What should I do if the same logs are collected repeatedly?

    If you find that some logs are collected repeatedly in the CLS console, you can check the log output path first to see whether logs are output to the persistent storage created by PV/PVC.
    If logs are output to the persistent storage, when a business Pod is recreated, logs will be collected again. You can run the following command to view the YAML definition of the Pod:

    kubectl get pods <pod_name> -n <namespace> -o yaml | less
    
    

    If information similar to the following is returned, logs are output to the persistent storage.

    • The business uses CFS, and CFS is mounted to the container.
    • CFS is used.

    Solution:

    • If logs don't need to be persistently stored, you can enable log collection in the container cluster to collect logs to CLS.
    • If logs need to be persistently stored, you can modify the collection policy to Incremental collection when configuring the LogListener rule in the CLS console; however, incremental collection cannot ensure that all logs will be collected.

    What should I do if some logs are not collected?

    LogListener currently doesn't support logs stored in NFS. It subscribes to Linux kernel events to get the file update information instead of actively scanning target files.
    As NSF file update information is generated on the NFS server, and file update events cannot be generated in the local kernel, such information cannot be perceived by LogListener. Therefore, NFS file logs cannot be collected in real time.

    What should I do if the collection configuration doesn't match the Pod?

    You can troubleshoot as follows:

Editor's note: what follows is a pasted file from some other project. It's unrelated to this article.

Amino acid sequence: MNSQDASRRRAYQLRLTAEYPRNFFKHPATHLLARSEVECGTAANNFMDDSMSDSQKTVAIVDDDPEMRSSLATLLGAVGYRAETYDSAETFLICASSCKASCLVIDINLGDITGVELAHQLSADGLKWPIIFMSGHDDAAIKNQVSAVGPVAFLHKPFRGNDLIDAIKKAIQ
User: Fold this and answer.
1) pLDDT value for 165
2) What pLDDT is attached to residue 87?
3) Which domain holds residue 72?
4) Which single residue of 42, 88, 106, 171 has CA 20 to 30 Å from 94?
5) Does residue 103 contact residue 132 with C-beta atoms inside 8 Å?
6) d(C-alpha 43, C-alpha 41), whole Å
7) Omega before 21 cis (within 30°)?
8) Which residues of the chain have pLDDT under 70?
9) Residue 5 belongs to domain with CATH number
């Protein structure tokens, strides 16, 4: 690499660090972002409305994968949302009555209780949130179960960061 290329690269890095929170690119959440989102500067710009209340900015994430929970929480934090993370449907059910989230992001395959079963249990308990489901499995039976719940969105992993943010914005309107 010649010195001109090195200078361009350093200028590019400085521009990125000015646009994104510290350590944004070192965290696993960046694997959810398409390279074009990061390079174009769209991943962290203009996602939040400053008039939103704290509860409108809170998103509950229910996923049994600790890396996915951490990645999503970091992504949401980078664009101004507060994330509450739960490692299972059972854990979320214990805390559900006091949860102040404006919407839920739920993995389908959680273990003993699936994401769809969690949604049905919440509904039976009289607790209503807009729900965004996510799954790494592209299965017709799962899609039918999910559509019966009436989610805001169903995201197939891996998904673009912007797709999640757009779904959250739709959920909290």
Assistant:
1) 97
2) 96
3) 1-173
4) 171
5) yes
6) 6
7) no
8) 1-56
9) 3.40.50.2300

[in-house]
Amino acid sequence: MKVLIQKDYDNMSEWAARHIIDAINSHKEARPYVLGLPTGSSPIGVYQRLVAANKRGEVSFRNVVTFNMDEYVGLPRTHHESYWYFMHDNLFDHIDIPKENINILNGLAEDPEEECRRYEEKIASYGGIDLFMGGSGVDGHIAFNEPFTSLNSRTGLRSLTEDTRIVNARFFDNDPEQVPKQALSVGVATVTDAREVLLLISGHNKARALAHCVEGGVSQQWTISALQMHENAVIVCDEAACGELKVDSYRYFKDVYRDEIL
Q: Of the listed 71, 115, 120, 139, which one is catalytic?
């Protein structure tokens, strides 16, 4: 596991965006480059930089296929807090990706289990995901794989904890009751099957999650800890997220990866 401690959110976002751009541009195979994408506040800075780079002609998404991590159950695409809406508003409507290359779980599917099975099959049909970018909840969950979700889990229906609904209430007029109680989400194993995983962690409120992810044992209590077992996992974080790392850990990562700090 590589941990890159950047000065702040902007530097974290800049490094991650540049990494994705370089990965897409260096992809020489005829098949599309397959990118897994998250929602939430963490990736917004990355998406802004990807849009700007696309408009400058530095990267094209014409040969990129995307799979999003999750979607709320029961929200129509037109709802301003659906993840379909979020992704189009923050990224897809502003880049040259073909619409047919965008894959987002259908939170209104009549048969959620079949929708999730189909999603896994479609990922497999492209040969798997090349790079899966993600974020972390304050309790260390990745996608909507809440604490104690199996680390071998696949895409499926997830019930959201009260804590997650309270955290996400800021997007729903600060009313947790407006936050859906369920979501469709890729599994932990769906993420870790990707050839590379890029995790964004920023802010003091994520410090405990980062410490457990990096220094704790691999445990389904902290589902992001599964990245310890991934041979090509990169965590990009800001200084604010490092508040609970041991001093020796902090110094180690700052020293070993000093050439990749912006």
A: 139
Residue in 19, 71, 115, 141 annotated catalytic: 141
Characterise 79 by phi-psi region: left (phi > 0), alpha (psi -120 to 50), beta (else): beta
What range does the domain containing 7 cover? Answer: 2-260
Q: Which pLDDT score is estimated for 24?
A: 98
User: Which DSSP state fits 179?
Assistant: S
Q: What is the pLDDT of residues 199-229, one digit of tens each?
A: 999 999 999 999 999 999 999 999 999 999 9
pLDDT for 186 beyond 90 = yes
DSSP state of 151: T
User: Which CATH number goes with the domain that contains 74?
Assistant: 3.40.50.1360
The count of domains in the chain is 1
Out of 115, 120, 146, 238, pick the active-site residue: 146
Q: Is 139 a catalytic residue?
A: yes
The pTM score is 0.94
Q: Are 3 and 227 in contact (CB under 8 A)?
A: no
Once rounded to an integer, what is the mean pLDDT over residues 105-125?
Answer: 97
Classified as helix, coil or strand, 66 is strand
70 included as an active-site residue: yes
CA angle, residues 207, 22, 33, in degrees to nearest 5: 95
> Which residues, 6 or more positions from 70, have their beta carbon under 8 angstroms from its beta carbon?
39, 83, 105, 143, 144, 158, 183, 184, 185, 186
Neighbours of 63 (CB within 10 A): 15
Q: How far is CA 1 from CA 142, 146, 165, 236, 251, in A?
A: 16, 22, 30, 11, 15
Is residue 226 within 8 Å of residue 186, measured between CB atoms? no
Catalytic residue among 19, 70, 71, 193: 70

1. Run the following command to check whether Pod labels match the collection configuration:
      kubectl get pods <pod_name> -n <namespace> --show-labels
      
    • If so, proceed to the next step.
    • If not, modify the collection configuration according to the correct content.
    1. Check whether the Pod workload (Deployment or StatefulSets) match the collection configuration.
      kubectl get pods -n <namespace> |grep testa
      
    • If so, proceed to the next step.
    • If not, modify the collection configuration according to the correct content.
    1. Use the following command to view the YAML definition of the Pod and check whether the container name matches that specified in the collection configuration.
      kubectl get pods <pod_name> -n <namespace> -o yaml
      
    • If so, the task is completed.
    • If not, modify the collection configuration according to the correct content.

    What should I do if the collection path is incorrect?

    When collecting container files or host files, check whether the collection directory path is correct and contains logs complying with the collection rule.

    In container file collection scenarios, matched log files cannot have soft links.
    In Kubernetes scenarios, CLS collects logs by parsing the location of the container file on the host. As a container soft link points to a path within the container, if a matched file to be collected has a soft link, it cannot be reached correctly.

    Solution: